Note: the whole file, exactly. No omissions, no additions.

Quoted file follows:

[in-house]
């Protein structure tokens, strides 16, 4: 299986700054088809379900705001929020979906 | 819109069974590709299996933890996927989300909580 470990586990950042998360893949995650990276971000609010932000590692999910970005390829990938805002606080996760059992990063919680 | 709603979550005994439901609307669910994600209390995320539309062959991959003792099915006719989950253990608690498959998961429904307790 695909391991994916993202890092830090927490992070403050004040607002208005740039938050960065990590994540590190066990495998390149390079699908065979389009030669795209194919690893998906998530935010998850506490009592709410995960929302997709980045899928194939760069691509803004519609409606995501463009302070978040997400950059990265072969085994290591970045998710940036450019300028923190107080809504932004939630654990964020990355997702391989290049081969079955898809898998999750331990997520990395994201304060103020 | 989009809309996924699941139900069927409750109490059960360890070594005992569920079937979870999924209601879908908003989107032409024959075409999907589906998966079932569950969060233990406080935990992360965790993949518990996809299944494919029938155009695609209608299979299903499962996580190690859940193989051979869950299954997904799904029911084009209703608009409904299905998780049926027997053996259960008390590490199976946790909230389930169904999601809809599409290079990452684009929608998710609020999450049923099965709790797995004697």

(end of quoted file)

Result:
[in-house]
């Protein structure tokens, strides 16, 4: 299986700054088809379900705001929020979906 | 819109069974590709299996933890996927989300909580 470990586990950042998360893949995650990276971000609010932000590692999910970005390829990938805002606080996760059992990063919680 | 709603979550005994439901609307669910994600209390995320539309062959991959003792099915006719989950253990608690498959998961429904307790 695909391991994916993202890092830090927490992070403050004040607002208005740039938050960065990590994540590190066990495998390149390079699908065979389009030669795209194919690893998906998530935010998850506490009592709410995960929302997709980045899928194939760069691509803004519609409606995501463009302070978040997400950059990265072969085994290591970045998710940036450019300028923190107080809504932004939630654990964020990355997702391989290049081969079955898809898998999750331990997520990395994201304060103020 | 989009809309996924699941139900069927409750109490059960360890070594005992569920079937979870999924209601879908908003989107032409024959075409999907589906998966079932569950969060233990406080935990992360965790993949518990996809299944494919029938155009695609209608299979299903499962996580190690859940193989051979869950299954997904799904029911084009209703608009409904299905998780049926027997053996259960008390590490199976946790909230389930169904999601809809599409290079990452684009929608998710609020999450049923099965709790797995004697």